On our 10-minute walk back to the hotel room, which, truth be told, was a bit on the wobbly side, we looked ahead and saw that same cow standing in the street. But something was sorely amiss. There were several local curs barking at it and nipping at its ankles. And there was something on its head that, in the dim light, and in our cups, we would not identify until we got close enough to see that the damned cow had its head stuck in a trashcan. It must have stuck its nose in the can looking for who knows what and, because of its horns, the can got stuck on its head. The poor bovine was extremely agitated, swinging its trashcan-covered noggin around violently.
By the time we got close to it, several local residents had come forth to see what was causing all the commotion. “We’ve got to help the poor thing,” the love of my life slurred. “What do you mean ‘we’?” I responded, knowing exactly who “we” was. So, like a moron, and against the fervent advice of the locals there gathered, I slowly made my way up to the bow of the cow. Though it was blinded by the trashcan, it obviously sensed me, because my approach made it swing its head even more violently. “Don’t do it!” one man yelled. But I proceeded anyhow. I timed my grab between the head swings, those massive, sharp horns zipping right in front of my face, and latched onto one of the trashcan handles and with one mighty pull, removed the can from the poor creature’s head.
Which was good and all, but there I was holding the can that seconds before had been on this cow’s head, and the cow, slowly regaining its orientation, looked at the can in my hand, looked at me, looked back at the can, and obviously made the decision — cows being such geniuses and all — that somehow I had something to do with placing the can on the cow’s head in the first place, and, if it did not dispatch me with haste, I might very well opt to re-place that trashcan back on its head. I tried to explain in a drunken example of failed inter-species telepathy, that, no, it was me who removed the can from the cow’s head. But this form of communication did not seem to be working (maybe I should have tried drunken telepathic Español).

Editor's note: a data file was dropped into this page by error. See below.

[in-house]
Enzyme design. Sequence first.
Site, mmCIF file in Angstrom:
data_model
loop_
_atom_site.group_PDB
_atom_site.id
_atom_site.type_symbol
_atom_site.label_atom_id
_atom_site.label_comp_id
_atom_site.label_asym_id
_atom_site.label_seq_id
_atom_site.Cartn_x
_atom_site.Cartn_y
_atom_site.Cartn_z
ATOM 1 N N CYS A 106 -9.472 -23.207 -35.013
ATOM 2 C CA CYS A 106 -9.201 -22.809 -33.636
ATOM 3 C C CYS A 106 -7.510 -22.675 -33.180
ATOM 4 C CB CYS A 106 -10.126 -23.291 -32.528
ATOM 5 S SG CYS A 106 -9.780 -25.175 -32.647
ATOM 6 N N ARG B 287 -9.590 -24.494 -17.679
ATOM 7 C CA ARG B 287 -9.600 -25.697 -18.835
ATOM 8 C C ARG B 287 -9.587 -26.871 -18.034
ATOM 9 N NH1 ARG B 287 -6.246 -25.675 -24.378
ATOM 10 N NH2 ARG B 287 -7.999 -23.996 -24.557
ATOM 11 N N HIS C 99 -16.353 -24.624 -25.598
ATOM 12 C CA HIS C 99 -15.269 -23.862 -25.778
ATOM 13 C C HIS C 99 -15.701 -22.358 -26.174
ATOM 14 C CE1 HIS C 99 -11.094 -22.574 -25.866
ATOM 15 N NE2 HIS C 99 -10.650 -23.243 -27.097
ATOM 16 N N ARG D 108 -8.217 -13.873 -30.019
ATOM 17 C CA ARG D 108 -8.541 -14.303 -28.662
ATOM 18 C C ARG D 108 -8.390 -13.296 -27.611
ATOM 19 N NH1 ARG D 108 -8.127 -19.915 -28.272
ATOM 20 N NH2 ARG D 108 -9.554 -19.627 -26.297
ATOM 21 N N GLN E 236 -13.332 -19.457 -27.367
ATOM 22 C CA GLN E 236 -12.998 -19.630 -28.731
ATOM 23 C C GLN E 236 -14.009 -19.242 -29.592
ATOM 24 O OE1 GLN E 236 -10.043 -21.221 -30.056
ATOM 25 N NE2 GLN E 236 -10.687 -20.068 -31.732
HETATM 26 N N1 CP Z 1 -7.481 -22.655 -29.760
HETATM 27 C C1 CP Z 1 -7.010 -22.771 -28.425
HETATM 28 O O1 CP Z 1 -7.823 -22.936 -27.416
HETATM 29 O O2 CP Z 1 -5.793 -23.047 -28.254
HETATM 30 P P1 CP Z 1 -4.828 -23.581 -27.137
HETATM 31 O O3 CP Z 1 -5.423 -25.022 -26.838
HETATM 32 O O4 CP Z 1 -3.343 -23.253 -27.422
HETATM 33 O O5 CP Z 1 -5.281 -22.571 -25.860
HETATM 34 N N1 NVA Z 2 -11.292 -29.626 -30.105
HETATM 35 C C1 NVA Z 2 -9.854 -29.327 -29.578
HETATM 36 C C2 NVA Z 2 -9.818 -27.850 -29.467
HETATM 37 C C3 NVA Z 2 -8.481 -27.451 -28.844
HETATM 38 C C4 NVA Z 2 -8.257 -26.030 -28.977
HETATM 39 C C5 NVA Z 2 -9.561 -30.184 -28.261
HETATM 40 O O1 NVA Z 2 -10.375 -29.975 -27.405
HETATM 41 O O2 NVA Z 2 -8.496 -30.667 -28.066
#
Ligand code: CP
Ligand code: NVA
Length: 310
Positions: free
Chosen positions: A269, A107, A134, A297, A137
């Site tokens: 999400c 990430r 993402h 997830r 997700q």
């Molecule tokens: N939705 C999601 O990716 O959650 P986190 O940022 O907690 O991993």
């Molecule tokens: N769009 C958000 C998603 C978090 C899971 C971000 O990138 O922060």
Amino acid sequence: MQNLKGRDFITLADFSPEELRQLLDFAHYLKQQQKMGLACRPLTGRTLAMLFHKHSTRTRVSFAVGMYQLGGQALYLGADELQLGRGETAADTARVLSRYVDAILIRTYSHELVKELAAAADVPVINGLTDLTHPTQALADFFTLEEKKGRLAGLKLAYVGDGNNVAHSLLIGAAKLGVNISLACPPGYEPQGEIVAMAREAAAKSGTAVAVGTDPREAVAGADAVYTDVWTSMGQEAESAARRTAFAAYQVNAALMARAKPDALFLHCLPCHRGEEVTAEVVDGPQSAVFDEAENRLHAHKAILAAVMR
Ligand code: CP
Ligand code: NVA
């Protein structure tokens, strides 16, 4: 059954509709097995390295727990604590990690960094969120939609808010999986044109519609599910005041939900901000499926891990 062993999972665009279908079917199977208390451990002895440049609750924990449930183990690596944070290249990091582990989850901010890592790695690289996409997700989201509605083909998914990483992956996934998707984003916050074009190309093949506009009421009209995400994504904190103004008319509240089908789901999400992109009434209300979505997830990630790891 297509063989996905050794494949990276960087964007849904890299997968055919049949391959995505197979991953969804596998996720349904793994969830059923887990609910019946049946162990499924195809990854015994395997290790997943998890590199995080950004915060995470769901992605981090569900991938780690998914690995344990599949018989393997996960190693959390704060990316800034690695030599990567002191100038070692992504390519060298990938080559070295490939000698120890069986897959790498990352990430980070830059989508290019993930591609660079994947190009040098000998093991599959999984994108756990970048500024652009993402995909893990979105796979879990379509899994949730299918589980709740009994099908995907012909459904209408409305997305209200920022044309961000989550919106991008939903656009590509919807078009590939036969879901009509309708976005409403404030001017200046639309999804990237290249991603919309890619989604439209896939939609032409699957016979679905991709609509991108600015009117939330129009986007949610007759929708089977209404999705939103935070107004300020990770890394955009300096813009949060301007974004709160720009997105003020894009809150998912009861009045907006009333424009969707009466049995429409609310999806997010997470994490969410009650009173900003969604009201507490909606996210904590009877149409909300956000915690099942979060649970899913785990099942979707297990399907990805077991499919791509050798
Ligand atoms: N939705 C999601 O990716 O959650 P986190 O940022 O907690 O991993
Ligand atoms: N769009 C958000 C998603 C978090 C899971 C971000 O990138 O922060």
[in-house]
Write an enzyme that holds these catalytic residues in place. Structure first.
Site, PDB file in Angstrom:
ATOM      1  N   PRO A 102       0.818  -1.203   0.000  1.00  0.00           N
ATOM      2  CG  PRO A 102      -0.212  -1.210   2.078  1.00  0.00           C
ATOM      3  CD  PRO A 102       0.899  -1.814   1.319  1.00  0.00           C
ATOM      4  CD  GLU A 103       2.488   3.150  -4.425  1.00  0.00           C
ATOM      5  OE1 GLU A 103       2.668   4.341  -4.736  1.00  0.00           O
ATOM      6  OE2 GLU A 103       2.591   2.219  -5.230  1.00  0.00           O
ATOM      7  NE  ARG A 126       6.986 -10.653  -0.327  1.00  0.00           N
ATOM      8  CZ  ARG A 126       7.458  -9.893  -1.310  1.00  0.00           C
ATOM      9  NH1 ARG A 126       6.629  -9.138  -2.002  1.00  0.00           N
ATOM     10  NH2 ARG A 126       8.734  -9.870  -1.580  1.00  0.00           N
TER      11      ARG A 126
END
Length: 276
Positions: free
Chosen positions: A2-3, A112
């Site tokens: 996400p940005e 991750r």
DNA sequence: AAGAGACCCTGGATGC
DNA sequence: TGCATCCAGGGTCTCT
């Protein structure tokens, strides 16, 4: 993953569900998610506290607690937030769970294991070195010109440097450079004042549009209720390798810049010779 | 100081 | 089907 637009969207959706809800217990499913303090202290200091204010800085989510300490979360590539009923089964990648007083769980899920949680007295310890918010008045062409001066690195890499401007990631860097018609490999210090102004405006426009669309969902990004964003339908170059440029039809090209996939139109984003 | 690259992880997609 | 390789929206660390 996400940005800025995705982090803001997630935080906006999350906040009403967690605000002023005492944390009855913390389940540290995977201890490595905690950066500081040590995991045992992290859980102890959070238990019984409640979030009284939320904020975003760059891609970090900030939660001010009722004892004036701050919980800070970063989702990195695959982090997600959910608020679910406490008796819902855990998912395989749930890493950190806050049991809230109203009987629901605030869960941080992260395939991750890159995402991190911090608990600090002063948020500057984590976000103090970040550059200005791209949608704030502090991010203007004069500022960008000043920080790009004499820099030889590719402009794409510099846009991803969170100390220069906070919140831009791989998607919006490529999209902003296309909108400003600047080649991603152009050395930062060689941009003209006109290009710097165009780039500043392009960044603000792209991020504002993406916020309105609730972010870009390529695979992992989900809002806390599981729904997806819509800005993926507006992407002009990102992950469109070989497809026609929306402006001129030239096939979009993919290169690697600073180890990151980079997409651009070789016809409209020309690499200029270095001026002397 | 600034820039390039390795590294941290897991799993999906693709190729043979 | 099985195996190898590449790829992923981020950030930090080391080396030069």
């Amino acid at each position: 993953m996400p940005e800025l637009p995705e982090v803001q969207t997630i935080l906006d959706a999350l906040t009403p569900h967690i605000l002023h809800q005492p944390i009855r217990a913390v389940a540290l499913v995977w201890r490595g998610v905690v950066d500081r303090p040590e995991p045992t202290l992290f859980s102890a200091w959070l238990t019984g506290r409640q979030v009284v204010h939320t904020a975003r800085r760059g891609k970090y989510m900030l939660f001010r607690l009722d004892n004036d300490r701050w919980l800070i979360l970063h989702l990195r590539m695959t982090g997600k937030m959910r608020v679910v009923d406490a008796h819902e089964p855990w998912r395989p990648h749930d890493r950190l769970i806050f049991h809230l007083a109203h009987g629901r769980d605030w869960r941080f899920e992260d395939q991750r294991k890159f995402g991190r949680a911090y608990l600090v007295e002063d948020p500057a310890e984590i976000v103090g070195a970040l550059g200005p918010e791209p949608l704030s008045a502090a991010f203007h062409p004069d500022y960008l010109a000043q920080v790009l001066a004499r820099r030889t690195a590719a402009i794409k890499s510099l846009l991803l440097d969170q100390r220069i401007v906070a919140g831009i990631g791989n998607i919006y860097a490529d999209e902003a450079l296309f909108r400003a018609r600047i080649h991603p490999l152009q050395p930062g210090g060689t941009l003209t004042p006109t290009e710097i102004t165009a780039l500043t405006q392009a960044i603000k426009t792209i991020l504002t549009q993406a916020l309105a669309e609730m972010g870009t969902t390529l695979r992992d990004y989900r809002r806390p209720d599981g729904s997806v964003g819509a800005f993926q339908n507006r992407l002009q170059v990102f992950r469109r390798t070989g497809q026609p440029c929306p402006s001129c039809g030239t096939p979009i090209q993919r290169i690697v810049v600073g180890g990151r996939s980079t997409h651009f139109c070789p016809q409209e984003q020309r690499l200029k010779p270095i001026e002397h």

The cow snorted, pawed the dirt road, shook its sharp-horn-adorned head a few times just to make certain I had a firm grasp on my immediate fate, and then started toward me. I was thinking now would be a perfect time, of all the times in my life, actually, for the only time in my entire life, to have a bullfighting cape. Maybe even a matador buddy standing right there. The only thing I had standing right there was my wife and numerous locals who, judging by their expressions, were thinking how lucky they were to have such a wonderful form of entertainment pretty much fall out of the sky on an otherwise normal night.
Then the aforementioned curs started barking again and nipping at the cow’s ankles and the cow responded by running up a side street, trying mightily to skewer a canine. And, just like that, it was over. The locals returned to their homes, and Gay and I continued our zigzag stroll back to the hotel. The only thing that was different was that my wife thought right then that her husband was pretty much the coolest guy in all of Barrilles for risking life and limb helping that poor cow out.
Besides that, about the only other notable thing that happened during our two weeks in Baja was getting kept awake while staying at the famed Hotel California in Todos Santos by the loudest all-night town party in Mexican history (which, believe me, is saying a mouthful), which was celebrating the feast day of Saint Cecelia, the patron saint of musicians, especially loud musicians playing really bad music. And, oh yeah, another night, we ate an order of the hottest jalepeño poppers ever served up EVER.
And that was it. A true adventure-less trip. I felt a little guilty and a little lame, like maybe my age is catching up to me more than I thought. But it was OK. Next time, though, I’m going to a place where the plumbing does not work, where there are snakes and guerrillas and 19 types of poisonous biting bugs and guaranteed sweat and bruises and contusions and a populous that speaks some language called Zzjjyibi.
Last thing I want to do is actually enjoy my vacation time.